Vaccination a solution to prevent third wave: Expert

Vaccination is the solution to prevent third wave: Expert

Letting down our guard too fast and too wide (religious events and elections) contributed to the rapid spread, Dr T Jacob John said

On Wednesday, the government had announced that the third wave is inevitable. Credit: PTI Photo

As frantic calls for beds, oxygen and medicines continue to amplify amidst the looming second wave of Covid-19, the fear of a third wave is fuelling the anxiety of an overwhelmed nation.

On Wednesday, the government had announced that the third wave is inevitable.  

“As we are reeling under the burden of the second wave, talking about a future third wave — that we do not know will come at all or its magnitude — is distracting the government on what it must do now,” points out Dr T Jacob John, eminent virologist and retired professor, CMC (Vellore).

“If the government can do justice with vaccination, even the unlikely probability of a third wave can be mitigated. In other words, with vaccines available since January 3, 2021, the third wave can be and must be prevented with vaccination." 

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But if the third wave occurs, Dr John says the main factor could be a lack of sufficient vaccination. “Emergence of highly transmissible variants could be another factor.  However, the two waves would have created high “herd immunity” and topped up with even a moderate level of vaccination will surely avert the third wave.”

Meanwhile, as on Wednesday 3.80 lakh new Covid-19 cases and 3,369 deaths were reported across the country. As the second wave continues to lash unabated, Dr John explains what went wrong in controlling it.

What went wrong

“Letting down our guard too fast and too wide (religious events and elections) contributed to the rapid spread and bringing in fast-spreading variants that would have reached West Bengal and UP very slowly had these events not been held."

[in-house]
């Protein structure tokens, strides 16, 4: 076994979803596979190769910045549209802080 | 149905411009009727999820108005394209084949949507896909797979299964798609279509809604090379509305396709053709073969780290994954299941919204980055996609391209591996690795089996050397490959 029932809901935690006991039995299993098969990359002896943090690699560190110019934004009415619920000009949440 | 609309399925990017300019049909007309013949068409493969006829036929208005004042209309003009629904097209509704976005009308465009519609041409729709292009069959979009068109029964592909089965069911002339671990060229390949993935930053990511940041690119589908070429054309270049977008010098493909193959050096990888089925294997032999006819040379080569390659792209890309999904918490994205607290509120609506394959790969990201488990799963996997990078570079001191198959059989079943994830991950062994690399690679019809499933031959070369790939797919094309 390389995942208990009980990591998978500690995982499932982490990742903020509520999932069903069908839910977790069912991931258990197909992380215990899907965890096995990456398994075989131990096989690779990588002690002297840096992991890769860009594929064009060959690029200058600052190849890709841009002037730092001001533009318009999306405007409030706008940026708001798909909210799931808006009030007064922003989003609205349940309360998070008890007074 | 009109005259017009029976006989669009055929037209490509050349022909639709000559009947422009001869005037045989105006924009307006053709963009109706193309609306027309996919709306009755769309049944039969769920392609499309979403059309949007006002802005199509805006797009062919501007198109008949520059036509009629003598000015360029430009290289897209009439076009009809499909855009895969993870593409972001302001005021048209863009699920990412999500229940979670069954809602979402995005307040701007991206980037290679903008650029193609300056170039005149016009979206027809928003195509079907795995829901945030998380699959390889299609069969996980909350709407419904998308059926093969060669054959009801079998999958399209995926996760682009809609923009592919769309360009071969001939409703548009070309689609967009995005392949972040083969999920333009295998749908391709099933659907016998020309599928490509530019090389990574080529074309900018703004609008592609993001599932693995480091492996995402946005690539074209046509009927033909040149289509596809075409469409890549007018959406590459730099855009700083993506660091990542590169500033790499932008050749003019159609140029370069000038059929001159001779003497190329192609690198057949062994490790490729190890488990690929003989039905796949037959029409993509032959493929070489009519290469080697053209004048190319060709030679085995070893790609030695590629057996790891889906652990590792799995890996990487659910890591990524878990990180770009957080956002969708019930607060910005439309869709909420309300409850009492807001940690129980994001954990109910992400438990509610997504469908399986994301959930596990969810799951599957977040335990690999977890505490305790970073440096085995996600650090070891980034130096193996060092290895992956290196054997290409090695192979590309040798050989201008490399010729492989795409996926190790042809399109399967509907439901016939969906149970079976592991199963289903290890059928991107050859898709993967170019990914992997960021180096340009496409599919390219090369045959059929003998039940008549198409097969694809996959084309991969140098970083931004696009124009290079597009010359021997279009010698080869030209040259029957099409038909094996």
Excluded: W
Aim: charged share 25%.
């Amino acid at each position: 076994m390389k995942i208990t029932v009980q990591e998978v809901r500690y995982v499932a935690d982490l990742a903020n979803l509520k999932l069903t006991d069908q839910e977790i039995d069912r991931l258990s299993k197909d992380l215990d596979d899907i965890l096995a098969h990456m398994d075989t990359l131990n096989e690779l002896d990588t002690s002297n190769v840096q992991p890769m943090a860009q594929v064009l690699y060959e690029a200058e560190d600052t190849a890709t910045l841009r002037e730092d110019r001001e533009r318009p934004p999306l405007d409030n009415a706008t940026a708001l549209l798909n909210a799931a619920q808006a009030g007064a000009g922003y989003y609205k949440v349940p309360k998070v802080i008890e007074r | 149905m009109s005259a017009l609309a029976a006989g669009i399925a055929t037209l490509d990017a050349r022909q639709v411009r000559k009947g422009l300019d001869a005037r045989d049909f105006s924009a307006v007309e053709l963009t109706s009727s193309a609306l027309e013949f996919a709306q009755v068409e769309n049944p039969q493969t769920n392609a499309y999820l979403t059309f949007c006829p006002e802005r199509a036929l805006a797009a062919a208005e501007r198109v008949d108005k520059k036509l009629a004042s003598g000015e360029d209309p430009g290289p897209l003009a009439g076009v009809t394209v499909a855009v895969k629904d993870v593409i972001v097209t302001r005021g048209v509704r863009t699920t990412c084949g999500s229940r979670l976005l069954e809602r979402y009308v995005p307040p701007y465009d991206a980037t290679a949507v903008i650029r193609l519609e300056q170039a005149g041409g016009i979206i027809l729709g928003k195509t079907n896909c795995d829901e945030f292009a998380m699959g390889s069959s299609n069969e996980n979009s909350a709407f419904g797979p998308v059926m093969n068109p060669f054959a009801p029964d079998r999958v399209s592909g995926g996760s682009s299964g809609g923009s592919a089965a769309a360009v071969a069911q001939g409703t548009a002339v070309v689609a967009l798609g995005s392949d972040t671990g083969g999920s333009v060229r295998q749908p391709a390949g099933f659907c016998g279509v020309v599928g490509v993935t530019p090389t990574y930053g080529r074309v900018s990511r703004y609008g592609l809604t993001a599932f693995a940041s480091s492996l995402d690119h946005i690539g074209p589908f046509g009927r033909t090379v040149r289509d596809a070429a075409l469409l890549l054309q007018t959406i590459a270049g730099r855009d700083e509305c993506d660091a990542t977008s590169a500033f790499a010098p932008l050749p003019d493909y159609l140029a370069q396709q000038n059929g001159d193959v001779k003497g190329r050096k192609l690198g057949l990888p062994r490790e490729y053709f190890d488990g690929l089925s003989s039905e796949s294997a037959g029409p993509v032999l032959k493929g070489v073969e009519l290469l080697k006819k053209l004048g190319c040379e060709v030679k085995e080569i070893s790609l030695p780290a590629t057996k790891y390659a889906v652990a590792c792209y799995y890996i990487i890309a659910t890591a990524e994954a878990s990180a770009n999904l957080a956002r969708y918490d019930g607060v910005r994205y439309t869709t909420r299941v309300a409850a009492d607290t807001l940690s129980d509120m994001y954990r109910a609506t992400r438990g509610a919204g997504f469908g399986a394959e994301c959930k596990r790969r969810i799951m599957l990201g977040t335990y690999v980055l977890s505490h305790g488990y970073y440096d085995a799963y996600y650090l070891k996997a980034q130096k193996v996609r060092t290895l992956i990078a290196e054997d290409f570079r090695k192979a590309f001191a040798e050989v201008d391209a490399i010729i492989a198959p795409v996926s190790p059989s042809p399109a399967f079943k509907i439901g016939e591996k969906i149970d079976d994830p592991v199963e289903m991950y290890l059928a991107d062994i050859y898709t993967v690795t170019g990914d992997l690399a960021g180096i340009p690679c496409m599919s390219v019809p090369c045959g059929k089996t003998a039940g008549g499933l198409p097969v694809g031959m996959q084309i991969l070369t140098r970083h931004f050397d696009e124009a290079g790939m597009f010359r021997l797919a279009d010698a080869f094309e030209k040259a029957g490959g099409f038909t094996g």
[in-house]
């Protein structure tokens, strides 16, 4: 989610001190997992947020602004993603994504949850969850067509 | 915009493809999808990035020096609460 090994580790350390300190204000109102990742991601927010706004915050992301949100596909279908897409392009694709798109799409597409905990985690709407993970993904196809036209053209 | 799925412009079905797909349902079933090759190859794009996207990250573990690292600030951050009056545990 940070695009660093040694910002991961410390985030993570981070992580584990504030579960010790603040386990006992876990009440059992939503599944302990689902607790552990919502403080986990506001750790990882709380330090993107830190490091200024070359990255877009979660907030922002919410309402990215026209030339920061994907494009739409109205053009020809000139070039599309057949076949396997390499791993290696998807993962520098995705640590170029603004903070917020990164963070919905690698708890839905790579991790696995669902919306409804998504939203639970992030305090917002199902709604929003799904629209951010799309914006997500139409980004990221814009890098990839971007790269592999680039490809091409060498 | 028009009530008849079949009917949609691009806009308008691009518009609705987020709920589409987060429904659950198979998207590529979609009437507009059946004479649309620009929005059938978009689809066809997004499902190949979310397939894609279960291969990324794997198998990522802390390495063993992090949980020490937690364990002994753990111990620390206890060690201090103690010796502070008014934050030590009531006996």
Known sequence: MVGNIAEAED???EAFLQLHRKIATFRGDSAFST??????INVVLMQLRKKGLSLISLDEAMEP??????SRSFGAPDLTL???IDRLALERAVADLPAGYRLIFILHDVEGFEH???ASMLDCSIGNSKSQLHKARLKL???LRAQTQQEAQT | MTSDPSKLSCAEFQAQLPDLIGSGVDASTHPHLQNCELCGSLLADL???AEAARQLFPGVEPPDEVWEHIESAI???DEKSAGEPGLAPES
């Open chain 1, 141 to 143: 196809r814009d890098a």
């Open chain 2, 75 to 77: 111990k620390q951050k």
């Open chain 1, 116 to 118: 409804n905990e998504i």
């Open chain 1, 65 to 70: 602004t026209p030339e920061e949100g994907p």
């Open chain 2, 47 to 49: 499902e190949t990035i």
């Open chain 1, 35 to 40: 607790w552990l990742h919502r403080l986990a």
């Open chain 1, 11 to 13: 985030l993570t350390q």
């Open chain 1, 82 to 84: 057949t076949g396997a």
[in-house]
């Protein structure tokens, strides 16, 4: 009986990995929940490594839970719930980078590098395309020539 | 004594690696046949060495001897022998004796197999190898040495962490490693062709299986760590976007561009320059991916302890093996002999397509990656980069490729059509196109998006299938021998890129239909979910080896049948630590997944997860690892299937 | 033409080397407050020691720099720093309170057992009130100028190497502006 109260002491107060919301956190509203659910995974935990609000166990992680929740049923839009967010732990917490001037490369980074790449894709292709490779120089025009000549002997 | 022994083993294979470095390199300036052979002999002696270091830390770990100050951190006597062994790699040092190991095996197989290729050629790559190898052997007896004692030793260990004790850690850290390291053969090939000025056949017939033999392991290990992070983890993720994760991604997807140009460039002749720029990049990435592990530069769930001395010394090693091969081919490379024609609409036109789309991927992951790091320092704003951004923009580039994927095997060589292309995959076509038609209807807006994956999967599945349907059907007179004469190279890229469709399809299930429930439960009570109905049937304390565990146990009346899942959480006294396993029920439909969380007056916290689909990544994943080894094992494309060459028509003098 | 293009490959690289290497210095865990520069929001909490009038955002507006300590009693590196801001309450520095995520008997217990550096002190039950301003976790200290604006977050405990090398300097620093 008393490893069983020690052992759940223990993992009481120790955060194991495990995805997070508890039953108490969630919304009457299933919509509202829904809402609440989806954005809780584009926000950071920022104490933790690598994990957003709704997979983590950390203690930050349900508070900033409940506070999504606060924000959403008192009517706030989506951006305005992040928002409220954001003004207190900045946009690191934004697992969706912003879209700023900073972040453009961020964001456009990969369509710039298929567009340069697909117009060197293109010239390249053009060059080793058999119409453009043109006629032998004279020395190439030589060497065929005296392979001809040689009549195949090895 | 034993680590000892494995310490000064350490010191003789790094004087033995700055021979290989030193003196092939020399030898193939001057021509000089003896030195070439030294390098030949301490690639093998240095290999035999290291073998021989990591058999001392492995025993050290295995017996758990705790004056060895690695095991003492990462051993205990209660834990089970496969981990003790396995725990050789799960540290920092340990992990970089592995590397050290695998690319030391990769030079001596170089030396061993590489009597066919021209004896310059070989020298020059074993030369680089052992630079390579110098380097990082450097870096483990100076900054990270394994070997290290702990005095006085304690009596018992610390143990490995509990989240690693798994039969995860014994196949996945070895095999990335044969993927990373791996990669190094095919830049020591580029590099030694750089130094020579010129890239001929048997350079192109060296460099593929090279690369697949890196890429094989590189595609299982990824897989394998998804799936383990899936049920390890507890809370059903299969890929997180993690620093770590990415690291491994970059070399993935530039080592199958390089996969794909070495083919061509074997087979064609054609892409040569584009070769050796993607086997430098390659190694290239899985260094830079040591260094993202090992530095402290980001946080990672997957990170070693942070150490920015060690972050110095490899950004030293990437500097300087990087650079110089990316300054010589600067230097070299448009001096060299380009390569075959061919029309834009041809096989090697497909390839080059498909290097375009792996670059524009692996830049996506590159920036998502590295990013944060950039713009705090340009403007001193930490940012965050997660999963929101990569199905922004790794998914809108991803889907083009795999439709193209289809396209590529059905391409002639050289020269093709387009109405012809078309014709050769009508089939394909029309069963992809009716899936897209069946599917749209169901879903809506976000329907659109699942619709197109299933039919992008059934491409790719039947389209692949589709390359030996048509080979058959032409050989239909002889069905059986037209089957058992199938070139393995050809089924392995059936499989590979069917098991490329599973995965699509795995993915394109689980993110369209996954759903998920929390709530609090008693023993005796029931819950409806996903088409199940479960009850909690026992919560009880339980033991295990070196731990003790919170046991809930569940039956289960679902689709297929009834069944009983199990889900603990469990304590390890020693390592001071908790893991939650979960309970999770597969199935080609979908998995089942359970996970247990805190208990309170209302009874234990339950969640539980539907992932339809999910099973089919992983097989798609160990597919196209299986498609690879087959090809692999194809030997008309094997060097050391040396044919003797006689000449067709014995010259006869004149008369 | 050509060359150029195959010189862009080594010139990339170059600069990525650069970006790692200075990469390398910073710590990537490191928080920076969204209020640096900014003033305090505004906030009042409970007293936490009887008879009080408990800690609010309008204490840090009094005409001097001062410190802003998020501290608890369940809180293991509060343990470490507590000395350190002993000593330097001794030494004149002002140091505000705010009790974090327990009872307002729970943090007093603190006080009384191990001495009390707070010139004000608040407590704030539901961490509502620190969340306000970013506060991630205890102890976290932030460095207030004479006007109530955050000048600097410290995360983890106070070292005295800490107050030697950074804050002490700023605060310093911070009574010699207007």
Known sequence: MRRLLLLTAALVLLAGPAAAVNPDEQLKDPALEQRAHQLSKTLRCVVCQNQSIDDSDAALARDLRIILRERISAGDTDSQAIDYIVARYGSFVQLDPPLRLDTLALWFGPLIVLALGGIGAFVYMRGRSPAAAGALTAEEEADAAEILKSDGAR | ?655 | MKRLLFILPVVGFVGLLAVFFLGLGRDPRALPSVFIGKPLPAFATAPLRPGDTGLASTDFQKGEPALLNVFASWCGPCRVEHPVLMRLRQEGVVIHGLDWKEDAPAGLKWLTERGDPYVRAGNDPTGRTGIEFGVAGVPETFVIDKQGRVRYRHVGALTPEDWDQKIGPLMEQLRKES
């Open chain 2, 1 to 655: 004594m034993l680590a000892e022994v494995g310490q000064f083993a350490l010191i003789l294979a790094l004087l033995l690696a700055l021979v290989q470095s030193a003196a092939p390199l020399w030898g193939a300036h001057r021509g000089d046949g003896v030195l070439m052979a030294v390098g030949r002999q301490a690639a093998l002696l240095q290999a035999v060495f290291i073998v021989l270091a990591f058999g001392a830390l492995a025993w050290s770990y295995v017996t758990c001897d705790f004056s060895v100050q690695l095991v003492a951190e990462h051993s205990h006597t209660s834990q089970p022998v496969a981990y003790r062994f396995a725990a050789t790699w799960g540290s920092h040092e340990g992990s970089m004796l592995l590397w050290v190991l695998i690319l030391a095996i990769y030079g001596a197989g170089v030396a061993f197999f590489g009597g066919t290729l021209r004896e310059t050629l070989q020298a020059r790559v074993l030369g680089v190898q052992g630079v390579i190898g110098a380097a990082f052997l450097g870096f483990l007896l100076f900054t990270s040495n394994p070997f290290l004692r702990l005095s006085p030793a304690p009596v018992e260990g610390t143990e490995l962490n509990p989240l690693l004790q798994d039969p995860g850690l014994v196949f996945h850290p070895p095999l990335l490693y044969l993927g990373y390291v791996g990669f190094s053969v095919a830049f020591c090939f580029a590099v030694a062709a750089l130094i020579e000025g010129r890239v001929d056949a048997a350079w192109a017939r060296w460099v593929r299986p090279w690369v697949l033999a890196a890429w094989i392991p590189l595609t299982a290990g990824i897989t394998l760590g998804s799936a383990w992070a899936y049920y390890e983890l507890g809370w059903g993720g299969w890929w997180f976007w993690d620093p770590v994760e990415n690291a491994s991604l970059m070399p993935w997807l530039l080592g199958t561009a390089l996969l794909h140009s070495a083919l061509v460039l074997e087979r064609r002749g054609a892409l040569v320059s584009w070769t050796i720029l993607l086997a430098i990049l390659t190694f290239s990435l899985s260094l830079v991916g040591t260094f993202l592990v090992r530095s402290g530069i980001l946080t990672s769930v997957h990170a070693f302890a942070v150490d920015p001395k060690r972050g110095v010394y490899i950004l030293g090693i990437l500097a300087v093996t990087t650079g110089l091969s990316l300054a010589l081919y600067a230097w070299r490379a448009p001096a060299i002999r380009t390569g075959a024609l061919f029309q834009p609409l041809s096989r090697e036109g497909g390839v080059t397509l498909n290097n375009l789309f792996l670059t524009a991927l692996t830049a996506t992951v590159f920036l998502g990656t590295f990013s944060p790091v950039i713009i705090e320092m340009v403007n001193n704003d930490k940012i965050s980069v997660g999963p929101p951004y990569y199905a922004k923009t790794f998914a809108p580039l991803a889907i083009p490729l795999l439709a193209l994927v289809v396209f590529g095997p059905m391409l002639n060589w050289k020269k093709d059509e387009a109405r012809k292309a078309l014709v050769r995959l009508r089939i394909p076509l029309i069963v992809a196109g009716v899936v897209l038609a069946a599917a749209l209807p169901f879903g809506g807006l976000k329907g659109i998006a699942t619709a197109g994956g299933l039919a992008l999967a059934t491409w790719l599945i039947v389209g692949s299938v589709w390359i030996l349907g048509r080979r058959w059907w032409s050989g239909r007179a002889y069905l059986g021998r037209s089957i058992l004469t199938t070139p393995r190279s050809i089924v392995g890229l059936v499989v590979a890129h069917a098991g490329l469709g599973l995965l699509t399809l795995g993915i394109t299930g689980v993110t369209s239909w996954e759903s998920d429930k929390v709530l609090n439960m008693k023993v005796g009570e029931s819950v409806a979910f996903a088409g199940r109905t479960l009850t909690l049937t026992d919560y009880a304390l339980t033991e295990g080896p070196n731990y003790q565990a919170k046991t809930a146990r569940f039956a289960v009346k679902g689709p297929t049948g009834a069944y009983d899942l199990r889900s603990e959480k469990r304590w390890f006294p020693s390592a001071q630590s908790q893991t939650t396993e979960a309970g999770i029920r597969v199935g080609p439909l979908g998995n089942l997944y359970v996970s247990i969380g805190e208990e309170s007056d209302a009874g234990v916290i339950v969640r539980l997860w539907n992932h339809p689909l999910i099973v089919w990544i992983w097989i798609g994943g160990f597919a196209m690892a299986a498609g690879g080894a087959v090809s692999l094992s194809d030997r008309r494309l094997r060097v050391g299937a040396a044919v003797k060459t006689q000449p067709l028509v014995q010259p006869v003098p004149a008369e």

By all means, Covid has brought to light a broken public healthcare system and Dr John points out that India’s health management system is woefully inadequate even during normal times. “For one, India does not have public health infrastructure, for which reason pandemic control was entrusted with the National Disaster Management Agency, a frank admission of lack of public health.”

“As for healthcare, we have been working under grossly inadequate bed strength, doctors and nurses, so we did not have surge capacity when needed. The first wave grew very slowly and India barely managed. 

"The second wave was too much too fast and the healthcare infrastructure was overwhelmed.  This pandemic is an oxygen consumer and sudden expansion of demand could not be met."  

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With the public patiently waiting to get inoculated amidst a short supply, Dr John attributes vaccine shortage to “bad management, wrong prediction of need, lack of advance order and lack of willingness to take legitimate risks to protect human lives”. “If Indian companies cannot meet the demand, we must import vaccines from any source."  

As far as extending the lockdown is concerned, he avers that the right time for a humane and effective lockdown is long past. “Anyway, lockdown is not the panacea. Now the wave is racing towards the peak, which, in my estimation, is round the corner. The wave itself will slow down the spread from early next week.

"If at all, a short and well-planned lockdown, maximum of one week, with full information to the public may be justified."